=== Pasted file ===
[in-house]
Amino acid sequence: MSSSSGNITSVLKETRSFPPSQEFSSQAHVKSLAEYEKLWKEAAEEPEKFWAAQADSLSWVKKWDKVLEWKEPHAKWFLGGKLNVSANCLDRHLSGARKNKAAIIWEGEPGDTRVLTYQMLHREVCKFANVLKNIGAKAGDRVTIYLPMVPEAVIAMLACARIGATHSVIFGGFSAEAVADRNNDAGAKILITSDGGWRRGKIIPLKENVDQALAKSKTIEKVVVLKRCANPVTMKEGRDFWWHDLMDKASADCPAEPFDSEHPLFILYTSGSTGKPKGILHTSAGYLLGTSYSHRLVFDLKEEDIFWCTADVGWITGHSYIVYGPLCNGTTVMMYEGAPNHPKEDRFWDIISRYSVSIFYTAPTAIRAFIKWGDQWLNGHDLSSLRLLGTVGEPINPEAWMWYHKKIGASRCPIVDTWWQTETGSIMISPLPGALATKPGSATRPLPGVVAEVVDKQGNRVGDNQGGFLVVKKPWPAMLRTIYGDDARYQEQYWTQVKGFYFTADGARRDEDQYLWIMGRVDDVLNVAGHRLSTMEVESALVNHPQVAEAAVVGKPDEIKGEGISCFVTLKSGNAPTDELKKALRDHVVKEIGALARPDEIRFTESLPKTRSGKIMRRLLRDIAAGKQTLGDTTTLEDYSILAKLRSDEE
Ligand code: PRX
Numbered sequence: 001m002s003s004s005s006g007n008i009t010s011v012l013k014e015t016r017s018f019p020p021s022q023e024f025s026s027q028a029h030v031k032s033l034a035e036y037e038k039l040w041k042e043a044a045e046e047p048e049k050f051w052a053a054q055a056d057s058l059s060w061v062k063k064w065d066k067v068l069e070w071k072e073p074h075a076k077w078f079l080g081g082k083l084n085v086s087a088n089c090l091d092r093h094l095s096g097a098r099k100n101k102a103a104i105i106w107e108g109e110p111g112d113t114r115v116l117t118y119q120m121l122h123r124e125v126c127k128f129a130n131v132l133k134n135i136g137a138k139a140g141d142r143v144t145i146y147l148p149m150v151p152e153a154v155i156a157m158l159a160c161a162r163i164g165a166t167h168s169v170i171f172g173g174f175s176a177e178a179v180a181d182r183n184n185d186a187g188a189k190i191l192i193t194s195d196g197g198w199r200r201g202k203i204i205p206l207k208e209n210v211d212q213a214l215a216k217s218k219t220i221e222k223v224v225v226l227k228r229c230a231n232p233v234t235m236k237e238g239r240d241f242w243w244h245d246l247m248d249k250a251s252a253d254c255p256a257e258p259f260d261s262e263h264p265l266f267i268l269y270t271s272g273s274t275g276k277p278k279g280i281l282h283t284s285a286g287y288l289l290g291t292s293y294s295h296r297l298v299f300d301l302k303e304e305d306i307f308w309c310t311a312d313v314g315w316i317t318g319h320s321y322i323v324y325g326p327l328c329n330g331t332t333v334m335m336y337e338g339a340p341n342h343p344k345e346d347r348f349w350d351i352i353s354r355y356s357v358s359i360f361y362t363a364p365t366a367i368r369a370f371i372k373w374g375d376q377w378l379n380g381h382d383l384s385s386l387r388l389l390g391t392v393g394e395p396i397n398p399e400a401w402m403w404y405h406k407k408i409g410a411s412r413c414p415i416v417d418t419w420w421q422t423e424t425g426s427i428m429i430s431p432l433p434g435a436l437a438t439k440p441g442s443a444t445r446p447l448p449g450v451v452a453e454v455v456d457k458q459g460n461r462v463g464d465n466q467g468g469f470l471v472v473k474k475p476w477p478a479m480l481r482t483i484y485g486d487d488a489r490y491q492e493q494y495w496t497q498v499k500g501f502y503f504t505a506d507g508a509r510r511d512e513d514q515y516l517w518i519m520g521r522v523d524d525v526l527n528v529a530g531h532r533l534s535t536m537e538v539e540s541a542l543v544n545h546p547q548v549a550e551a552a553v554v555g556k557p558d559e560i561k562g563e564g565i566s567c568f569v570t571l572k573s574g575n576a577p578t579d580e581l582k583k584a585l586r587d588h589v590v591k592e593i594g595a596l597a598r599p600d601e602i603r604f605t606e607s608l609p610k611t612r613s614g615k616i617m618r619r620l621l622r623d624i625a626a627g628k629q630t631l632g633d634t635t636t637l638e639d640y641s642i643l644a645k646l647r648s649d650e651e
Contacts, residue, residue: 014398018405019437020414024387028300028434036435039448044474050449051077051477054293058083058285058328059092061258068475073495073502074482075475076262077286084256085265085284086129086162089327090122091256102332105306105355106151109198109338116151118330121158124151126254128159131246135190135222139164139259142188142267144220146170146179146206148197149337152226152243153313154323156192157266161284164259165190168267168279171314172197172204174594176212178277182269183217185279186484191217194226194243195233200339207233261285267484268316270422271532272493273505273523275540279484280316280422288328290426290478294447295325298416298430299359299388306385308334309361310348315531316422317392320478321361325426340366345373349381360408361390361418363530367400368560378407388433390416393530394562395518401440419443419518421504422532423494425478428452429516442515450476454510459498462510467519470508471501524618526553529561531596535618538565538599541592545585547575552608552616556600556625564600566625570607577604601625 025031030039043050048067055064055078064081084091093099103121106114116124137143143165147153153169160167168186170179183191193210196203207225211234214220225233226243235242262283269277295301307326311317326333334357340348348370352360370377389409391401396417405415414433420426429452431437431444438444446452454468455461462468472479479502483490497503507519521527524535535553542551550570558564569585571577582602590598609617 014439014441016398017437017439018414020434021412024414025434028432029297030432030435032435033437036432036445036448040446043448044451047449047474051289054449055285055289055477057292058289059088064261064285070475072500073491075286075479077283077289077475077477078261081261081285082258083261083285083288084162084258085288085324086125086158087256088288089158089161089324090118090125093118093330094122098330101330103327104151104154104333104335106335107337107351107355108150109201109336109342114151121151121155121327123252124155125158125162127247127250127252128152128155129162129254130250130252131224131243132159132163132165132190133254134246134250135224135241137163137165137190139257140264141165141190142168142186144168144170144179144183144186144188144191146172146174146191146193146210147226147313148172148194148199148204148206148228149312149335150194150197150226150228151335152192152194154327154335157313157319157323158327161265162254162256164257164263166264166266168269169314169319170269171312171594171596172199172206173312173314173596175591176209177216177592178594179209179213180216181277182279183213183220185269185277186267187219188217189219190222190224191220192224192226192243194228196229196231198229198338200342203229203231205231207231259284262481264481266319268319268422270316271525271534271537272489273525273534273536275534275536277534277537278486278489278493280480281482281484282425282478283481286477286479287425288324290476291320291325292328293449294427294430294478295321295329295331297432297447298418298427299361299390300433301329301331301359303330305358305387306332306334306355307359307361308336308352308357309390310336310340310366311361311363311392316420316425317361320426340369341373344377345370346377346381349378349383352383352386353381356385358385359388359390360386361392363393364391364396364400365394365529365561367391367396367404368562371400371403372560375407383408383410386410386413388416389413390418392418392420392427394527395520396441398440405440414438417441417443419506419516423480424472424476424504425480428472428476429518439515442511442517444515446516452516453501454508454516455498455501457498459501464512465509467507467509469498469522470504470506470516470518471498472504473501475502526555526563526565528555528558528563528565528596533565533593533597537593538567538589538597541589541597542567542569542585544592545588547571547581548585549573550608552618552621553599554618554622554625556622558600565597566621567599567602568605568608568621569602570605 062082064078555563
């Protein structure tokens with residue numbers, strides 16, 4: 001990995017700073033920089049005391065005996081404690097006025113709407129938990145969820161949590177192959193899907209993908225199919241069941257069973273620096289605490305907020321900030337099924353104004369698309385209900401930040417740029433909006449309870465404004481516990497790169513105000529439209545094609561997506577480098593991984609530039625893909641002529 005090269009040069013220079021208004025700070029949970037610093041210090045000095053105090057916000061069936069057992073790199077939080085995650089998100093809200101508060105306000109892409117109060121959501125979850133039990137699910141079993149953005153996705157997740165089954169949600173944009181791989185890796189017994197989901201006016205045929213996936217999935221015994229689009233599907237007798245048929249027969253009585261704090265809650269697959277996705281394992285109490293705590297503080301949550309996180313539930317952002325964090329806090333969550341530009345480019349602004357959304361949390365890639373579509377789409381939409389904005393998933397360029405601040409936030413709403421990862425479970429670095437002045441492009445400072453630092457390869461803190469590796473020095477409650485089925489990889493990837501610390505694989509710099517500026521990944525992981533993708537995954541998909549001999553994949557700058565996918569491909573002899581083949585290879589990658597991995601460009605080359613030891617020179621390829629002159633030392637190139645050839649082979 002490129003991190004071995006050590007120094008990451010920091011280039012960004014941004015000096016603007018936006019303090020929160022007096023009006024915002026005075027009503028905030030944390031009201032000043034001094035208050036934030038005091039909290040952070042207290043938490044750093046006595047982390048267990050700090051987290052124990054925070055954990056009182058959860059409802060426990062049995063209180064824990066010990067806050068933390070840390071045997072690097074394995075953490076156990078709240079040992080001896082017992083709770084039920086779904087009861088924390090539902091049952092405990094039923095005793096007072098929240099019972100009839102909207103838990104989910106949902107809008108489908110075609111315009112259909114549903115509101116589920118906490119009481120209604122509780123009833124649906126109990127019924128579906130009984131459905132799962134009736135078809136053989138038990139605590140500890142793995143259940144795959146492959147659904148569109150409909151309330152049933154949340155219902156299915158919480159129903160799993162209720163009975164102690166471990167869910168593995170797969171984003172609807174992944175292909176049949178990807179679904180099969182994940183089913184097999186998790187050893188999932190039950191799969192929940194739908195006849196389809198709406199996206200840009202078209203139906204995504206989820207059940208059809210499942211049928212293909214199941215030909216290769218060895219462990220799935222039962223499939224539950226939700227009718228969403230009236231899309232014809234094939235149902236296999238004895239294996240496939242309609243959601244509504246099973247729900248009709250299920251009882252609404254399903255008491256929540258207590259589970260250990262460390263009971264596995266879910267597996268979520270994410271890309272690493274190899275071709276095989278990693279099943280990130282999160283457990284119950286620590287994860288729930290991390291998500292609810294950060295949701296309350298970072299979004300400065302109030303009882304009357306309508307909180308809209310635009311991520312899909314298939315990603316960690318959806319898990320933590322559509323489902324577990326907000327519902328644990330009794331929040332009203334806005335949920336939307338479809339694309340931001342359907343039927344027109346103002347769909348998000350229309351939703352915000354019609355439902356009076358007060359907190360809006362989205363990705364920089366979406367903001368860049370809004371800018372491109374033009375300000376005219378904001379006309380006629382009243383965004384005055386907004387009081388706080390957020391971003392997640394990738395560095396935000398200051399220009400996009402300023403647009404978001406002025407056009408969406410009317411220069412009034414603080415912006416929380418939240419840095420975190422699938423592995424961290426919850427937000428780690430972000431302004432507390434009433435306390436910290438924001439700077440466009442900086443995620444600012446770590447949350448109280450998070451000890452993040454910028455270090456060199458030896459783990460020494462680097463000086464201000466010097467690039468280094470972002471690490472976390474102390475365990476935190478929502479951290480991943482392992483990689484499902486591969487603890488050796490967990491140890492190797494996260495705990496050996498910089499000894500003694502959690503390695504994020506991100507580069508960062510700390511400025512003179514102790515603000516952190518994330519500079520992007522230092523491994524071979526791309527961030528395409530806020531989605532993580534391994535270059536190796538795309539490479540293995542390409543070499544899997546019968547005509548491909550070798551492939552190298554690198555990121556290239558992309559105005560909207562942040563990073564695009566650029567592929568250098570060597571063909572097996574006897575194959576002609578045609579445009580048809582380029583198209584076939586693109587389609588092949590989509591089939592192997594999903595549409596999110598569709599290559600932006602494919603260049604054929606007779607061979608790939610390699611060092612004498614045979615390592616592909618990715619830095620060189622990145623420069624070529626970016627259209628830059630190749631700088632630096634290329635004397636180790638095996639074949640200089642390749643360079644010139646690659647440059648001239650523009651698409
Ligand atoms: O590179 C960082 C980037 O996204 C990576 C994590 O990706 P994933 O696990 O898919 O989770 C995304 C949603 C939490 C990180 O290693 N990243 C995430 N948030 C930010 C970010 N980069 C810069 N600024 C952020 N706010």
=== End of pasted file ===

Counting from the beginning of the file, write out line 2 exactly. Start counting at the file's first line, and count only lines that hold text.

Amino acid sequence: MSSSSGNITSVLKETRSFPPSQEFSSQAHVKSLAEYEKLWKEAAEEPEKFWAAQADSLSWVKKWDKVLEWKEPHAKWFLGGKLNVSANCLDRHLSGARKNKAAIIWEGEPGDTRVLTYQMLHREVCKFANVLKNIGAKAGDRVTIYLPMVPEAVIAMLACARIGATHSVIFGGFSAEAVADRNNDAGAKILITSDGGWRRGKIIPLKENVDQALAKSKTIEKVVVLKRCANPVTMKEGRDFWWHDLMDKASADCPAEPFDSEHPLFILYTSGSTGKPKGILHTSAGYLLGTSYSHRLVFDLKEEDIFWCTADVGWITGHSYIVYGPLCNGTTVMMYEGAPNHPKEDRFWDIISRYSVSIFYTAPTAIRAFIKWGDQWLNGHDLSSLRLLGTVGEPINPEAWMWYHKKIGASRCPIVDTWWQTETGSIMISPLPGALATKPGSATRPLPGVVAEVVDKQGNRVGDNQGGFLVVKKPWPAMLRTIYGDDARYQEQYWTQVKGFYFTADGARRDEDQYLWIMGRVDDVLNVAGHRLSTMEVESALVNHPQVAEAAVVGKPDEIKGEGISCFVTLKSGNAPTDELKKALRDHVVKEIGALARPDEIRFTESLPKTRSGKIMRRLLRDIAAGKQTLGDTTTLEDYSILAKLRSDEE